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The humble, holy beginnings of Chicago

Père Jacques Marquette

Père Jacques Marquette

Indians gnawed off two of his fingers and roughly sawed off his thumb. He escaped and with the help of Dutch traders and made his way back to Quebec and then France. This was French missionary Isaac Jogues, who taken prisoner by the Iroquois in 1641.

Indians made to run the deadly gauntlet, as described in “The Jesuit Martyrs of North America,” but he was able to barely escape, though many other French missionaries were not so fortunate, such as Charles Garnier, Rene Goupil, Anthony Daniel, and John de Brebeuf, who wrote to newly arrived missionaries: “You must love these Huron, ransomed by the blood of the Son of God, as brothers.”

These stories inspired Père Jacques Marquette, (“Père” is French for “Father”), who arrived in Quebec from France to be a missionary among the Indians. In 1673, Frontenac, the governor-general of New France, commissioned Père Marquette to explore the unknown Mississippi River.

Marquette traveled with French explorer Louis Joliette by canoe along the west coast of Lake Michigan. They canoed to Green Bay, up the lower Fox River, across Lake Winnebago, up the upper Fox River. Marquette and Joliette then portaged their canoes two miles through marsh to the Wisconsin River, where their two Indian guides abandoned them, fearing “river monsters.”

Marquette and Joliet canoed the Wisconsin River to the Mississippi River, where they traveled south to just below the Arkansas River, hesitating to go further for fear of entering Spanish Territory.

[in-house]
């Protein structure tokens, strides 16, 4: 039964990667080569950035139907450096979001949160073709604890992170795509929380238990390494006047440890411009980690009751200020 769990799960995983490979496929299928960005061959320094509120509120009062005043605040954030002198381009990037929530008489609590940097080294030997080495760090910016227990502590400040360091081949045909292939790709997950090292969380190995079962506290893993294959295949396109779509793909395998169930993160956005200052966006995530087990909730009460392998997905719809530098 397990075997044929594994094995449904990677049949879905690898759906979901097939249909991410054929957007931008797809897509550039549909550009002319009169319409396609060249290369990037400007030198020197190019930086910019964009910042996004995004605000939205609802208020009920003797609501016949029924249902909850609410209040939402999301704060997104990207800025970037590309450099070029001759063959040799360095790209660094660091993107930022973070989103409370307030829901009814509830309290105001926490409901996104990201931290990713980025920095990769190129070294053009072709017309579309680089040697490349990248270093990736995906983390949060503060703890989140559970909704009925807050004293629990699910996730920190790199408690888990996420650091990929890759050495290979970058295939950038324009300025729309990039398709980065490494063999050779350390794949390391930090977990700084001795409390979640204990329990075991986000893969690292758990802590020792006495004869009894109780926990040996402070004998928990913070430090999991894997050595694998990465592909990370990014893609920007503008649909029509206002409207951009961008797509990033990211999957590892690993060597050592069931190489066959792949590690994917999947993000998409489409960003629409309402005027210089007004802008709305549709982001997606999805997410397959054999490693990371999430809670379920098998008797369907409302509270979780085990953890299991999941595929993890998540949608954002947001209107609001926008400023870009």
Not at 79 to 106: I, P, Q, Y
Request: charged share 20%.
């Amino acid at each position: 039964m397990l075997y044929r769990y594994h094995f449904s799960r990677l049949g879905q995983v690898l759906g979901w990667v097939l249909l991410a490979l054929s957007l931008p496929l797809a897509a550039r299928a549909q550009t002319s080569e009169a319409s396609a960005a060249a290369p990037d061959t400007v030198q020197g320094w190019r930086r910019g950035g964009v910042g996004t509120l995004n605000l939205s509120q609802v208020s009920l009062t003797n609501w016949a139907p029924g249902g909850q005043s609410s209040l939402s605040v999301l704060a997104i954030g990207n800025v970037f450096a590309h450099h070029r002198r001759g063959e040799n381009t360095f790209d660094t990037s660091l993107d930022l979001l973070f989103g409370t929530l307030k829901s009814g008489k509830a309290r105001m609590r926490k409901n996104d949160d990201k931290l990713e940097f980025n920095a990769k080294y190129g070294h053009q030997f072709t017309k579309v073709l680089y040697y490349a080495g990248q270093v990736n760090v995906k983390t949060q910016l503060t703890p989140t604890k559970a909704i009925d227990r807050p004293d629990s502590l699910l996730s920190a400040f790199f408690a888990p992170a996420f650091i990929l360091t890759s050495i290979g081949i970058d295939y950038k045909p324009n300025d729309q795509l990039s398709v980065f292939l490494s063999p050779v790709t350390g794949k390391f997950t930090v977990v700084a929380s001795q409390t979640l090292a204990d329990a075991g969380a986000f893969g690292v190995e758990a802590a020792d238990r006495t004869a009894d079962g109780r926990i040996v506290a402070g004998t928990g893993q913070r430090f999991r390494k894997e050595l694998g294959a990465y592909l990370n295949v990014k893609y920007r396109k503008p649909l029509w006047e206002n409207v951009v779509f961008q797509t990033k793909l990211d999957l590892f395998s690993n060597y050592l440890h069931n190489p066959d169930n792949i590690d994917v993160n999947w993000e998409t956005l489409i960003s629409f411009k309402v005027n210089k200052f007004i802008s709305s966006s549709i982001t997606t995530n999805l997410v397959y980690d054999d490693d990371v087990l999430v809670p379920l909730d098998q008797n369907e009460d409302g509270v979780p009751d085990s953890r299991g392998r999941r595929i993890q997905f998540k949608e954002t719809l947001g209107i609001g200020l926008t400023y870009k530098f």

Being the first Europeans to explore the northern Mississippi, Jacques Marquette gave his account in “Voyage et De’couverte de Quelques Pays et Nations de l’Amerique Septemtrionale” (translated 1852, The Jesuit Relations, Volume LIX): “We came to … the Folle Avoine (Menominee). I entered their river to go and visit these people to whom we preached the Gospel … in consequence of which, there are several good Christians among them. I told … of my design to … discover those remote nations, in order to teach them the mysteries of our holy religion. They … did their best to dissuade me … that I would meet nations who never show mercy to strangers, but break their heads without any cause. … They also said that the great river was very dangerous … full of horrible monsters, which devoured men and canoes together; that there was even a demon, who … swallowed up all who ventured to approach him. …

“I thanked them for the good advice that they gave me, but told them that I could not follow it, because the salvation of souls was at stake, for which I would be delighted to give my life; that I scoffed at the alleged demon; that we would easily defend ourselves against those marine monsters. … After making them pray to God, and giving them some instructions, I separated from them.”

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On their return trip up the Illinois River, Jacques Marquette founded a mission among the Illinois Indians. The next year, caught by a winter storm on Dec. 4, 1674, Jacques Marquette and two companions erected a rough log cabin near the shore of Lake Michigan. The settlement would grow into the city of Chicago.

In 1675,just prior to his death, Père Jacques Marquette preached to several thousand Indians, as written in an account by Father Claude Dablon of the Society of Jesus, 1678: “Five hundred chiefs and old men, seated in a circle around the father, while the youth stood without to the number of fifteen hundred, not counting women and children who are very numerous, the town being composed of five or six hundred fires. … The father explained to them the principal mysteries of our religion, and the end for which he had come to their country; and especially he preached to them Christ crucified, for it was the very eve of the great day on which he died on the cross for them.”

On May 18, 1675, being weakened by dysentery, Père Jacques Marquette died at the age of 37. Marquette had founded Sault Ste. Marie, the first European settlement in Michigan, and the town of St. Ignace.

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Named after Marquette are a river, mountain, island, diocese, towns, townships, cities, counties, parks, schools, and Marquette University in Milwaukee, Wisconsin.

In 1895, the state of Wisconsin placed a statue of Père Jacques Marquette in the U.S. Capitol Statuary Hall.

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